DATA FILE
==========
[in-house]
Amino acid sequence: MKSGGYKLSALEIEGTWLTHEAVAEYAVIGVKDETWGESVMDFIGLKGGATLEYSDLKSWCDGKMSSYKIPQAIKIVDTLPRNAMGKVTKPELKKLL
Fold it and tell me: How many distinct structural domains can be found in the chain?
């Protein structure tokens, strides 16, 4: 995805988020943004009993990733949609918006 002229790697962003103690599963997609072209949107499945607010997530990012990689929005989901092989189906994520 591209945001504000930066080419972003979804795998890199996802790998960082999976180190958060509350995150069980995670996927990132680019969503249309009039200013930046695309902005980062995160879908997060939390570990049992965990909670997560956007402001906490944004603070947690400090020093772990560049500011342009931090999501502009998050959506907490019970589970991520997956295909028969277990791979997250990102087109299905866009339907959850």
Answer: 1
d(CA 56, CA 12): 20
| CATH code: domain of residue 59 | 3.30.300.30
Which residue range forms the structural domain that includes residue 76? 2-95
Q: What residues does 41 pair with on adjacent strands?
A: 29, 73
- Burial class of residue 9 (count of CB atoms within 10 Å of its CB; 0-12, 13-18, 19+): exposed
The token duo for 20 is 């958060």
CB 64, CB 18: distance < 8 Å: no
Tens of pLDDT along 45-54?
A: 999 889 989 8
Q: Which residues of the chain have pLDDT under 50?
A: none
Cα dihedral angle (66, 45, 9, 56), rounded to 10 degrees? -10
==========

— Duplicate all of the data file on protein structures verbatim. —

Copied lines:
[in-house]
Amino acid sequence: MKSGGYKLSALEIEGTWLTHEAVAEYAVIGVKDETWGESVMDFIGLKGGATLEYSDLKSWCDGKMSSYKIPQAIKIVDTLPRNAMGKVTKPELKKLL
Fold it and tell me: How many distinct structural domains can be found in the chain?
């Protein structure tokens, strides 16, 4: 995805988020943004009993990733949609918006 002229790697962003103690599963997609072209949107499945607010997530990012990689929005989901092989189906994520 591209945001504000930066080419972003979804795998890199996802790998960082999976180190958060509350995150069980995670996927990132680019969503249309009039200013930046695309902005980062995160879908997060939390570990049992965990909670997560956007402001906490944004603070947690400090020093772990560049500011342009931090999501502009998050959506907490019970589970991520997956295909028969277990791979997250990102087109299905866009339907959850």
Answer: 1
d(CA 56, CA 12): 20
| CATH code: domain of residue 59 | 3.30.300.30
Which residue range forms the structural domain that includes residue 76? 2-95
Q: What residues does 41 pair with on adjacent strands?
A: 29, 73
- Burial class of residue 9 (count of CB atoms within 10 Å of its CB; 0-12, 13-18, 19+): exposed
The token duo for 20 is 């958060």
CB 64, CB 18: distance < 8 Å: no
Tens of pLDDT along 45-54?
A: 999 889 989 8
Q: Which residues of the chain have pLDDT under 50?
A: none
Cα dihedral angle (66, 45, 9, 56), rounded to 10 degrees? -10